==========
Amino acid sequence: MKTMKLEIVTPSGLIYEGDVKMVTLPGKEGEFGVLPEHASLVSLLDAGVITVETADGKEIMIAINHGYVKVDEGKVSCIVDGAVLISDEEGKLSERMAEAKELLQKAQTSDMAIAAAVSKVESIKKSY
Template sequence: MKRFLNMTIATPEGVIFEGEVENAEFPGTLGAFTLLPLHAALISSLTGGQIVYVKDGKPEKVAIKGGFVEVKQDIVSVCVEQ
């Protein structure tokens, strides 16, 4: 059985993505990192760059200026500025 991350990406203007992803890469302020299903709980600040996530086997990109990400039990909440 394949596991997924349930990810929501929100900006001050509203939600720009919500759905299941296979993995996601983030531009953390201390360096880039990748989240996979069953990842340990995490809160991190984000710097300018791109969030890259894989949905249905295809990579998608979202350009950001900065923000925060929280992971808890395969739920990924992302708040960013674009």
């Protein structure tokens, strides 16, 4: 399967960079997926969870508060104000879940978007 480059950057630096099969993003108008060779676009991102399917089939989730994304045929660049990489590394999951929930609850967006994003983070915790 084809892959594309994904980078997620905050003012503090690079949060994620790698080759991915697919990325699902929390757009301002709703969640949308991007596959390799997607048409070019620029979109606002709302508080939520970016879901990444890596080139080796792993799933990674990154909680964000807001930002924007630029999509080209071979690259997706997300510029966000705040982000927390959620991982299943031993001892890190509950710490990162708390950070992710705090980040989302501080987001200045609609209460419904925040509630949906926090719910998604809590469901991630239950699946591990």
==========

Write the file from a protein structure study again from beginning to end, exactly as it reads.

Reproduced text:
Amino acid sequence: MKTMKLEIVTPSGLIYEGDVKMVTLPGKEGEFGVLPEHASLVSLLDAGVITVETADGKEIMIAINHGYVKVDEGKVSCIVDGAVLISDEEGKLSERMAEAKELLQKAQTSDMAIAAAVSKVESIKKSY
Template sequence: MKRFLNMTIATPEGVIFEGEVENAEFPGTLGAFTLLPLHAALISSLTGGQIVYVKDGKPEKVAIKGGFVEVKQDIVSVCVEQ
């Protein structure tokens, strides 16, 4: 059985993505990192760059200026500025 991350990406203007992803890469302020299903709980600040996530086997990109990400039990909440 394949596991997924349930990810929501929100900006001050509203939600720009919500759905299941296979993995996601983030531009953390201390360096880039990748989240996979069953990842340990995490809160991190984000710097300018791109969030890259894989949905249905295809990579998608979202350009950001900065923000925060929280992971808890395969739920990924992302708040960013674009």
């Protein structure tokens, strides 16, 4: 399967960079997926969870508060104000879940978007 480059950057630096099969993003108008060779676009991102399917089939989730994304045929660049990489590394999951929930609850967006994003983070915790 084809892959594309994904980078997620905050003012503090690079949060994620790698080759991915697919990325699902929390757009301002709703969640949308991007596959390799997607048409070019620029979109606002709302508080939520970016879901990444890596080139080796792993799933990674990154909680964000807001930002924007630029999509080209071979690259997706997300510029966000705040982000927390959620991982299943031993001892890190509950710490990162708390950070992710705090980040989302501080987001200045609609209460419904925040509630949906926090719910998604809590469901991630239950699946591990």